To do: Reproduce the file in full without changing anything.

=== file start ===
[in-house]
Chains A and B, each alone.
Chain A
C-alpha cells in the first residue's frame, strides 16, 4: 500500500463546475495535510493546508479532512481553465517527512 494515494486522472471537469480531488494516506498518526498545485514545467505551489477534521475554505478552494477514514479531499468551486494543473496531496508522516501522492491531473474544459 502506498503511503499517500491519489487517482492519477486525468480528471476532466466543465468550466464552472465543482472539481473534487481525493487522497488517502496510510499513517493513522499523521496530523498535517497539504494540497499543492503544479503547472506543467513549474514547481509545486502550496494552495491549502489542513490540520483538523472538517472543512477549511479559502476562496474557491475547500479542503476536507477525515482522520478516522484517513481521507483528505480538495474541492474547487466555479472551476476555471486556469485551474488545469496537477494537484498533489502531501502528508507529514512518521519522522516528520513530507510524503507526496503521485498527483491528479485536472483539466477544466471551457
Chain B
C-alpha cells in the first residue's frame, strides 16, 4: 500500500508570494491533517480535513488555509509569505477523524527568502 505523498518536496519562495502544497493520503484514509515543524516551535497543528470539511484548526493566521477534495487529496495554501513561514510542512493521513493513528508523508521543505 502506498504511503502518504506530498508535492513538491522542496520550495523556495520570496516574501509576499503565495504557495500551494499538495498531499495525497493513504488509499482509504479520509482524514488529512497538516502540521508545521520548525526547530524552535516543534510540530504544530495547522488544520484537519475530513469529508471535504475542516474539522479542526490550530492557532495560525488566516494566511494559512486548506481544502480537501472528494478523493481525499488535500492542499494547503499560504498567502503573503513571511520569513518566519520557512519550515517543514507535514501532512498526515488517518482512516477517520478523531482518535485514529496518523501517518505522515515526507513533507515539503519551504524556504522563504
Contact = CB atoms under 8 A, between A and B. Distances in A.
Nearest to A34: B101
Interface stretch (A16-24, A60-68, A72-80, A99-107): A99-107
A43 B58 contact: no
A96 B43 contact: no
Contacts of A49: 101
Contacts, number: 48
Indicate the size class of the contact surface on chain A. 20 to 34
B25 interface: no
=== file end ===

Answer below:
[in-house]
Chains A and B, each alone.
Chain A
C-alpha cells in the first residue's frame, strides 16, 4: 500500500463546475495535510493546508479532512481553465517527512 494515494486522472471537469480531488494516506498518526498545485514545467505551489477534521475554505478552494477514514479531499468551486494543473496531496508522516501522492491531473474544459 502506498503511503499517500491519489487517482492519477486525468480528471476532466466543465468550466464552472465543482472539481473534487481525493487522497488517502496510510499513517493513522499523521496530523498535517497539504494540497499543492503544479503547472506543467513549474514547481509545486502550496494552495491549502489542513490540520483538523472538517472543512477549511479559502476562496474557491475547500479542503476536507477525515482522520478516522484517513481521507483528505480538495474541492474547487466555479472551476476555471486556469485551474488545469496537477494537484498533489502531501502528508507529514512518521519522522516528520513530507510524503507526496503521485498527483491528479485536472483539466477544466471551457
Chain B
C-alpha cells in the first residue's frame, strides 16, 4: 500500500508570494491533517480535513488555509509569505477523524527568502 505523498518536496519562495502544497493520503484514509515543524516551535497543528470539511484548526493566521477534495487529496495554501513561514510542512493521513493513528508523508521543505 502506498504511503502518504506530498508535492513538491522542496520550495523556495520570496516574501509576499503565495504557495500551494499538495498531499495525497493513504488509499482509504479520509482524514488529512497538516502540521508545521520548525526547530524552535516543534510540530504544530495547522488544520484537519475530513469529508471535504475542516474539522479542526490550530492557532495560525488566516494566511494559512486548506481544502480537501472528494478523493481525499488535500492542499494547503499560504498567502503573503513571511520569513518566519520557512519550515517543514507535514501532512498526515488517518482512516477517520478523531482518535485514529496518523501517518505522515515526507513533507515539503519551504524556504522563504
Contact = CB atoms under 8 A, between A and B. Distances in A.
Nearest to A34: B101
Interface stretch (A16-24, A60-68, A72-80, A99-107): A99-107
A43 B58 contact: no
A96 B43 contact: no
Contacts of A49: 101
Contacts, number: 48
Indicate the size class of the contact surface on chain A. 20 to 34
B25 interface: no